Job hunting in the Covid-19 era - Law Training Centre

Job hunting in the Covid-19 era

Undeniably, the coronavirus pandemic has hit the jobs market for both student and experienced hires. There have been direct losses of jobs and work experience. Offers have been deferred and withdrawn.
And yet there are far fewer people whose careers have been finished because of what’s happened – despite the gloom.
Crises can pause careers, but they less often terminate them.

Boost your employability from your home

Some employers – including some law firms are providing virtual work experience schemes for which you will need to apply. Virtual work experience schemes can involve:
  • Project work conducted online
  • Remote learning and tours
  • Virtual networking and chat
  • Distanced socialising
  • Supervision and feedback.
  • Also, there are free online experience programmes available outside the legal market. These may be a little general, but they offer genuine learning experiences and don’t require you to pass any tests or jump through any hoops to get onto. Two examples are by:
    RateMyPlacement covering resilience, personal branding, and networking.
    Barclays LifeSkills aimed primarily at school leavers although with some content suitable for those with more experience. Like the RateMyPlacement tool and most of the other free experience tools, it concentrates on building soft skills such as presentation skills and negotiation. For virtual work experience that more closely approximates conventional work experience, you will need to successfully apply to the recruiters who run in-house schemes in which their staff recreate online life in their organisations.
    There are commercial providers who charge for virtual work experience – but be careful that they aren’t offering anything that’s too general. There are lots of skills-building resources online which are free.
    If you want to part with your cash, you may be better off enrolling on an accredited online course in a niche subject. Or try free course providers including FutureLearn and Coursera where you can find short courses in topics ranging from data analytics to communicating with diverse audiences. Simply extending your reading can seem impressive to employers. Extend your knowledge of the sectors and professions your prospective clients work in.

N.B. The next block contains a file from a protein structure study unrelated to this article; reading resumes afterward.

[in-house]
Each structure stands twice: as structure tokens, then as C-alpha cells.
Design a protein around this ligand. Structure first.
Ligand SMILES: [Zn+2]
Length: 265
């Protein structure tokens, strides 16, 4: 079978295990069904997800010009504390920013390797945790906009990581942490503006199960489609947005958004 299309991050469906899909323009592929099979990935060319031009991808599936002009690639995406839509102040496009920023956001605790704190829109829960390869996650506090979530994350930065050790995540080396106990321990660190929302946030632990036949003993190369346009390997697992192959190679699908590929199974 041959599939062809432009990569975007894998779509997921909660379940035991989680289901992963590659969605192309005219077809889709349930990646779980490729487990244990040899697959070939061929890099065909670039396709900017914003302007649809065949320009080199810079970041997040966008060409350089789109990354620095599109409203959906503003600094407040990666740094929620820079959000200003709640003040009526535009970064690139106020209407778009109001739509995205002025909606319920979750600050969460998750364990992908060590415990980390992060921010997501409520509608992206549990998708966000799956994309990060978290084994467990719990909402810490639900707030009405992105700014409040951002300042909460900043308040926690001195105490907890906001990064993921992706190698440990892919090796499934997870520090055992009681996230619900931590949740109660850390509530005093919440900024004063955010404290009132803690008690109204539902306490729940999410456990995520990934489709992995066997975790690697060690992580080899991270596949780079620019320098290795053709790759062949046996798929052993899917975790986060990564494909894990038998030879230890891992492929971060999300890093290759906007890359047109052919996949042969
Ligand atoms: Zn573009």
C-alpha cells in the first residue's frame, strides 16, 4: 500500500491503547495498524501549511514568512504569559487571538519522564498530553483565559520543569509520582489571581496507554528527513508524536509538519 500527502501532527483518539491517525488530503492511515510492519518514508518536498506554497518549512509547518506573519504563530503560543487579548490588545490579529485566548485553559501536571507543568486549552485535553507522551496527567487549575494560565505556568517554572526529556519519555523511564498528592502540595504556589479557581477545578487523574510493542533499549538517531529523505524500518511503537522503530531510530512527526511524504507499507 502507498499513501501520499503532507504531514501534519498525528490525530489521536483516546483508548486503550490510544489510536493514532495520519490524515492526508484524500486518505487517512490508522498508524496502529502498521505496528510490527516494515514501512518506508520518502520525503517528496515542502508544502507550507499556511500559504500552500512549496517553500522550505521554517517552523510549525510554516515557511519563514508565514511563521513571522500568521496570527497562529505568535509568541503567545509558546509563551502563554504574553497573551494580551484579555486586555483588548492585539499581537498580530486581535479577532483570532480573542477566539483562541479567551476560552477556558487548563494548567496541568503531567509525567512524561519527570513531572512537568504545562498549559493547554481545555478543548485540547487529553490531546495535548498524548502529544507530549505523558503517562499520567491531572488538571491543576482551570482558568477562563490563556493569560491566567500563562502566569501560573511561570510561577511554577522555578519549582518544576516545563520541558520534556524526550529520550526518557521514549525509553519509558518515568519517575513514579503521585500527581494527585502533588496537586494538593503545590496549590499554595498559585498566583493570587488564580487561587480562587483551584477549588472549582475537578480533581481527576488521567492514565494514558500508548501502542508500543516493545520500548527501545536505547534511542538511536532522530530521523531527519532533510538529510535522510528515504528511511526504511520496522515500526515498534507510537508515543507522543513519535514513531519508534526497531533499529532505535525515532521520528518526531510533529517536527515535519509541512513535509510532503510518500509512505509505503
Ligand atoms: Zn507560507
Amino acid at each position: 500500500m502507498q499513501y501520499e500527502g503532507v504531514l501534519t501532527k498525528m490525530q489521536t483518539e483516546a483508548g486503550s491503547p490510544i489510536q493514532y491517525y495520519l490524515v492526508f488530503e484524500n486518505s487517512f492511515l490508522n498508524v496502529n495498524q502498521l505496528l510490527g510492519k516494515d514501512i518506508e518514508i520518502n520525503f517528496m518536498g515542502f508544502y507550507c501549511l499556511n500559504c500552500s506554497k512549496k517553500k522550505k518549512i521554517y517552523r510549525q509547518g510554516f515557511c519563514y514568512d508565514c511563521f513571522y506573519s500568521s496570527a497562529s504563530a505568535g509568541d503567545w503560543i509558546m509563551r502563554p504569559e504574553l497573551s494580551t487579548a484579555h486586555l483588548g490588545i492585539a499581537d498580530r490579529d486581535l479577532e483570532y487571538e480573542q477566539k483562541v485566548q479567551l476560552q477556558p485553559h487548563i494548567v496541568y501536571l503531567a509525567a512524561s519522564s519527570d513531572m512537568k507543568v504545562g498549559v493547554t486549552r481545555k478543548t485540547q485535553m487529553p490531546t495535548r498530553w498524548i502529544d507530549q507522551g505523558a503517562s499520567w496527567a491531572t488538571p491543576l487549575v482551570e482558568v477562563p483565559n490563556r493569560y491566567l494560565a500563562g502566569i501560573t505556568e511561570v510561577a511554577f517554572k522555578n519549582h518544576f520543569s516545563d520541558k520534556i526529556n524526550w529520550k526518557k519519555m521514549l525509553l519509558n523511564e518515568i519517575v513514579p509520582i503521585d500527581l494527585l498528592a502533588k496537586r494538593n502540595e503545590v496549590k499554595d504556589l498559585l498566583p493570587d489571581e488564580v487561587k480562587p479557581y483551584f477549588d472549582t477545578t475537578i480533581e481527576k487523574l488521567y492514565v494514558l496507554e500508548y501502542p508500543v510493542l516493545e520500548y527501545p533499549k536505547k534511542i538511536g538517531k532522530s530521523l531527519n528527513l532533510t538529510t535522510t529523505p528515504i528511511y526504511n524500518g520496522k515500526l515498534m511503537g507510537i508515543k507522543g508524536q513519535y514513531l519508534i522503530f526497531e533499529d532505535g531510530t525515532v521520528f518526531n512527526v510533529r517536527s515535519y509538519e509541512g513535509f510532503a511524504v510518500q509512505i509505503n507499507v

Almost any hobby or interest can help develop employability skills such as planning skills – providing it’s treated as a learning opportunity.


    There are a number of ways in which to do voluntary work online through organisations such as Age UK, Amnesty International, Be My Eyes, Missing Maps, The Prince’s Trust and Zooniverse. You can also search for “Do-it-from-home” volunteering at Do-it-org.

    Keeping yourself in the employment market

    You might want to evaluate your online presence. Is it suitable for your jobs market? If you don’t want employers to see your online profiles, ensure they’re set to private.
    Work on your LinkedIn profile and connections. Comment professionally and blog professionally.

    Keep up with your employer research

  • Read their media.
  • Look at their annual reports.
  • Read about their clients.
  • Reflect upon your career goals

    Where do you want your career to head and why? How do your career goals and life goals connect?

    Check your CV

    Create a CV if you don’t have one; check it over if you have. Do this even if most of your employer’s use application forms. It will get you thinking about how best to present your work and your study history concisely and attractively. Crucially, practise writing a cover letter or a personal statement using the STAR method to describe your experiences and suitability.
  • Situation – what was the background to what you’re describing?
  • Task – what was the immediate objective?
  • Action – what did you do?
  • Result – what was the positive outcome?
  • Network with recruiters
    Employers haven’t gone away. Find reasons to contact them.
    Be open-minded
    Prepare to be flexible in the jobs market.
    Practise selling yourself on the phone and by Skype
    Interviews by both are more likely in a socially distanced jobs market. Maintain a good spoken pace – not too fast, not too slow. Make eye contact; pause for effect; smile; talk about what “I” did not what “we” did.
    Be patient with recruiters when following up on interviews
    As recruiters do more things remotely it may slow their response times.
    Be patient with yourself
    A little bit of self-care goes a long way. It may take longer than usual to find the right work.
    We are here if you have any questions or concerns, you can contact us on 0330 088 8495 or

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